“I’d like to think my work improved over the years as the styles changed and parameters for announcing changed,” he said. “I was able to morph my style a little bit and still remain relevant. That’s what I tried to do because the product certainly changed. The wrestlers provide the music and the announcers are providing the lyrics to that music. So over the years the music has changed. So the good broadcasters are able to adapt to what they are hearing. Then put a story with it. I know I have a long way to go with these one-man shows, but I do have a lot of fun and feel like I’m getting better. We are planning more of them this year. So the WrestleMania show is one we are really looking forward to. I’ve already started planning for next year’s WrestleMania in Dallas.”
For the 63-year-old, retirement only comes when he rides off into the proverbial sunset , similar to a scene you’d see in one of those John Wayne movies he loves. Until then Ross is enjoying life and is busier than ever building the J.R. brand. He credits his years working for Vince McMahon and WWE in getting him prepared for the shark-infested waters of business world.
“It’s about creating promotional opportunities, understanding value of impressions and how many people are experiencing your product,” Ross said. “I really got my masters degree and maybe doctorate from Vince McMahon on how to market…Being a student in college led to my career in the wrestling business because I was a good promoter and good marketer, or at least that is what Bill Watts and Leroy McGuirk thought when they hired me in 1974,” Ross said.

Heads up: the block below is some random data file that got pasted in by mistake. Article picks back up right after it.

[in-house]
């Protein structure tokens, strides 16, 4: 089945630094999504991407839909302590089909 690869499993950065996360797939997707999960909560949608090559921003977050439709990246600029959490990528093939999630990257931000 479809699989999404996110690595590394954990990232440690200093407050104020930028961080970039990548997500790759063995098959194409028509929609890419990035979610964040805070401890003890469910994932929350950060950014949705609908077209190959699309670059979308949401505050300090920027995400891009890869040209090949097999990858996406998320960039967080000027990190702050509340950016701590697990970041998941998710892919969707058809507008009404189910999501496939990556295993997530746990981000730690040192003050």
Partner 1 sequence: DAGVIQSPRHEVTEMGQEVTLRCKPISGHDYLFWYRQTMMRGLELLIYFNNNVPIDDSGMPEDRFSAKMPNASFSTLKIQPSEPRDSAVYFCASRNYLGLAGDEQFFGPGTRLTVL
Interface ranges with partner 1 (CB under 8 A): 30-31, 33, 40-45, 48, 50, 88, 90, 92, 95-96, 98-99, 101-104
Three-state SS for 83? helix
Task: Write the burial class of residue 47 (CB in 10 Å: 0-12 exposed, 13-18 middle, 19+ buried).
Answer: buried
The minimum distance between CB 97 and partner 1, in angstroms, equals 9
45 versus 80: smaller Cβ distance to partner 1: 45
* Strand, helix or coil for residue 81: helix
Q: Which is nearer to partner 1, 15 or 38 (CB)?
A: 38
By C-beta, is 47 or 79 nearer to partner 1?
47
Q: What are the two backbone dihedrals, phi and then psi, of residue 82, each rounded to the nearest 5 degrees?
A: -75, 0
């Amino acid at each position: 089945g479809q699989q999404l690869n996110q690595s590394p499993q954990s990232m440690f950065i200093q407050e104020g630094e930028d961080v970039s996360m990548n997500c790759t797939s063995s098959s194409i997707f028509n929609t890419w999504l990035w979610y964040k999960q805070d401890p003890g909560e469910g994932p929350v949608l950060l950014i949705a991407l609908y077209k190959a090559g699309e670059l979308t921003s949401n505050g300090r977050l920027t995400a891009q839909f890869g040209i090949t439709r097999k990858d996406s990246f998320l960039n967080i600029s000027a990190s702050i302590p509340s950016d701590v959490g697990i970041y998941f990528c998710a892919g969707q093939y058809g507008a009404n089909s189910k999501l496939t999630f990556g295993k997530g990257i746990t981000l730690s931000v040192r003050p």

“I thought it was going to be a really cool summer job before I finished my last semester of college. All I can say is that summer has passed and morphed into 40 years and the registrar is still waiting for me to enroll again to finish my degree. So always had that marketing bug that helped me work with market reps in WWE, booking cards, which I did for years on lived events. I think it helped me to seeing talents and the potential in them and finding them.”
Sleep was the enemy in WWE. Ross wore many hats during his tenure with the company, besides just calling matches. He headed up talent relations, helped book live events and handle pay days. Ross’ schedule was demanding to say the least.
“Vince was really confident in my ability to hire talent,” Ross said. “I was talking to J.J. Dillon after my show in Philadelphia. I asked him if he was able to hire talents without running it by Vince. He said no. When I got the job, Vince wanted to change the talent relations department and steam line it and make it more effective. I ran some concepts by him that he liked. One of them was signing talent. Sometimes timing is everything. He said, ‘I’m going to leave that to you. I trust your judgment.’….Our track record by and large has stood the test of time. I’m very proud of the talent our team brought in…I don’t actually know when John Laurinaitis took the job how he exchanged with Vince, but I got the feeling they tried to replicate what I was doing in that particular facet of the business.